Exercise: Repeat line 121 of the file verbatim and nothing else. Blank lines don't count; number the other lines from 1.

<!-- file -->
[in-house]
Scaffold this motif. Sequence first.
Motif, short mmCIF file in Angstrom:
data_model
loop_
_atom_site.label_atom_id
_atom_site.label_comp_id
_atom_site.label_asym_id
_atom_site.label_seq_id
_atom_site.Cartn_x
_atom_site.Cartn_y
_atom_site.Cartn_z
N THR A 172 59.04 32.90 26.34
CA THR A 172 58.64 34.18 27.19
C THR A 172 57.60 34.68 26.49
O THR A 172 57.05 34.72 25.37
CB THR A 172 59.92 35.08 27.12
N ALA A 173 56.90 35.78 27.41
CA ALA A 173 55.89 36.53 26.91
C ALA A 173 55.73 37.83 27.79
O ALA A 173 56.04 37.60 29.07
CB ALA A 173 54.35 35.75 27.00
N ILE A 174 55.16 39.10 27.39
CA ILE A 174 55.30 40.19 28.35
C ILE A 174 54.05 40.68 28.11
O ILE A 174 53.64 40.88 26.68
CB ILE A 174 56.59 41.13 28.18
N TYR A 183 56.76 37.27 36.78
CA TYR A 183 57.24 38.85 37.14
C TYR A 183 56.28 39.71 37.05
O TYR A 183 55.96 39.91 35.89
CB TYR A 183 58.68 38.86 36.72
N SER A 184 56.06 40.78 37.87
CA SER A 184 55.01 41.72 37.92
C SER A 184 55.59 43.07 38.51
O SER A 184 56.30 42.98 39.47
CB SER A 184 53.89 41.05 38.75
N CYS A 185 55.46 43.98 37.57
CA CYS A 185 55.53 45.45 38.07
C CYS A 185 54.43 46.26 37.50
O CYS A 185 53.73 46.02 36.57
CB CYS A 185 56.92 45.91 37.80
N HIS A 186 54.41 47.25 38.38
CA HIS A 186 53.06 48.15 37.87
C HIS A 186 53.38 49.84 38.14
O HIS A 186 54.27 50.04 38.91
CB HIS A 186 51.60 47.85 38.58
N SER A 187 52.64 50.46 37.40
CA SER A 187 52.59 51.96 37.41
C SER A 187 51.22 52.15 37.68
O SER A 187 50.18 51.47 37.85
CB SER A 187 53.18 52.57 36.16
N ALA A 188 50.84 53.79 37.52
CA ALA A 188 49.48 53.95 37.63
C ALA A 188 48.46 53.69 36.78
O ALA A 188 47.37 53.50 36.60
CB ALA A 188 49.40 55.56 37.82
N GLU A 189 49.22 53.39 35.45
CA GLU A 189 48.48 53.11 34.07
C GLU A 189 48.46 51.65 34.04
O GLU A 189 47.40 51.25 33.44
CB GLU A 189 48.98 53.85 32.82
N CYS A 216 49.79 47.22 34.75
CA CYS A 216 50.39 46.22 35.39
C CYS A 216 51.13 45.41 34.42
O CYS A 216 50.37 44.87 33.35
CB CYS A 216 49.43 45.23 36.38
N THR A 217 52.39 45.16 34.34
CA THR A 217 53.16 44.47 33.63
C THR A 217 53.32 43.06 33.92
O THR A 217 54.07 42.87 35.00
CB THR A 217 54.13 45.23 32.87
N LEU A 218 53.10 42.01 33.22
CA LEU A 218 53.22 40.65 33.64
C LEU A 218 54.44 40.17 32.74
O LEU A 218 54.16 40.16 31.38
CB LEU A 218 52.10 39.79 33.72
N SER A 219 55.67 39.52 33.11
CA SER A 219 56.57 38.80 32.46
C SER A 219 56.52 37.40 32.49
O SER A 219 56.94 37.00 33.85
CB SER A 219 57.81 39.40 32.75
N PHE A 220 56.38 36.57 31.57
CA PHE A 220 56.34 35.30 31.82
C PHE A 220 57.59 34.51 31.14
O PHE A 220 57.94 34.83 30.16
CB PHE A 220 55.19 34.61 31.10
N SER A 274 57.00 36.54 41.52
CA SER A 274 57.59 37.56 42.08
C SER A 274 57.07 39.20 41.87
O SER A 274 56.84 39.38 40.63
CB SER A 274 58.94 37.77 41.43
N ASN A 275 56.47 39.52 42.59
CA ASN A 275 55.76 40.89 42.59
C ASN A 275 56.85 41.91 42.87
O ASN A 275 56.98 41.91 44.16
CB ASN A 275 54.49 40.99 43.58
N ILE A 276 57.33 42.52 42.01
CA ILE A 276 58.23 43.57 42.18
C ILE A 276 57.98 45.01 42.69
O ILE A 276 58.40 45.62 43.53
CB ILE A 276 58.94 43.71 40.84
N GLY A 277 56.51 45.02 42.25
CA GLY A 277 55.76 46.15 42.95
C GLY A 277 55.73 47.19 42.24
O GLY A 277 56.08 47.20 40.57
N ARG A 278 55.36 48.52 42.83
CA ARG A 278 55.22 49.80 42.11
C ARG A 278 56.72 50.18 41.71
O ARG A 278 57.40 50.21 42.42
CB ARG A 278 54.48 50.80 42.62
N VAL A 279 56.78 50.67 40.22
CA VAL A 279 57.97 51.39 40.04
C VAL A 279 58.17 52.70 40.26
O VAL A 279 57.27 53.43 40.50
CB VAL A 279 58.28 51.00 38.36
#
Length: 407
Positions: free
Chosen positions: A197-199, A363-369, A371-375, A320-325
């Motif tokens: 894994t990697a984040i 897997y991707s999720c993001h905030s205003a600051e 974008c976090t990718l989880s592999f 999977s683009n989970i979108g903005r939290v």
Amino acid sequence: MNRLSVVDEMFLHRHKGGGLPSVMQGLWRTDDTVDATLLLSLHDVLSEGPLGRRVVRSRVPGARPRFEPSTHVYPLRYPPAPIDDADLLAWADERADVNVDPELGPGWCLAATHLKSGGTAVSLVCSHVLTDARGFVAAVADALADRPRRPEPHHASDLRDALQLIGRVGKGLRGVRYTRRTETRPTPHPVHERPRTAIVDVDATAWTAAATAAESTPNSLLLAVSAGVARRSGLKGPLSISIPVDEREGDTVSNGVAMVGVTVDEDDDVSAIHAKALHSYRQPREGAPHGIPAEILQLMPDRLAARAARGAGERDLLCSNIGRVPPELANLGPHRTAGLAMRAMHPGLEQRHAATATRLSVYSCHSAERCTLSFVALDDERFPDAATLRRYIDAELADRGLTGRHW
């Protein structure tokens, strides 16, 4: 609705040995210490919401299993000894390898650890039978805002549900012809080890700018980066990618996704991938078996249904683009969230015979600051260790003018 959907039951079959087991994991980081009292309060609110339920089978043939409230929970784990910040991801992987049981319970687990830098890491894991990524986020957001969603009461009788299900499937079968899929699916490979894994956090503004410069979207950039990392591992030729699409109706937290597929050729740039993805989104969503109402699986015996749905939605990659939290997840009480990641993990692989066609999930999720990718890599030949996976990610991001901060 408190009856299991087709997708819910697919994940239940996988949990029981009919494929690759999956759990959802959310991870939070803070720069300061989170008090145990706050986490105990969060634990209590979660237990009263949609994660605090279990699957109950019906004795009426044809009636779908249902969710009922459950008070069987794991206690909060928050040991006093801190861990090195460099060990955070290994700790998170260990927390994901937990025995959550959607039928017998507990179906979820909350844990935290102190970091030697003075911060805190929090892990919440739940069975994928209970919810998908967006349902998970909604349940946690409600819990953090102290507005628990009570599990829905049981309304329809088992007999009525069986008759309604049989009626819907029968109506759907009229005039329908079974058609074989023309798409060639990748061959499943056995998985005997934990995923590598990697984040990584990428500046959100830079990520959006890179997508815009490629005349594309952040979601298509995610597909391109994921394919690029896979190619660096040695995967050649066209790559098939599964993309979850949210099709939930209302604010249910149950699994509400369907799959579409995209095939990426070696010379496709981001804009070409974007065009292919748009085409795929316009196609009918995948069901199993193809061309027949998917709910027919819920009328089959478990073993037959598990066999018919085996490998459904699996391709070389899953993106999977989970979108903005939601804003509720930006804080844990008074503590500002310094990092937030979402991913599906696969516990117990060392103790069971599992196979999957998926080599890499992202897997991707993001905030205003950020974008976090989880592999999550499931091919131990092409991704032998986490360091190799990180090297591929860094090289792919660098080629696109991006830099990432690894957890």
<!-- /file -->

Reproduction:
């Motif tokens: 894994t990697a984040i 897997y991707s999720c993001h905030s205003a600051e 974008c976090t990718l989880s592999f 999977s683009n989970i979108g903005r939290v």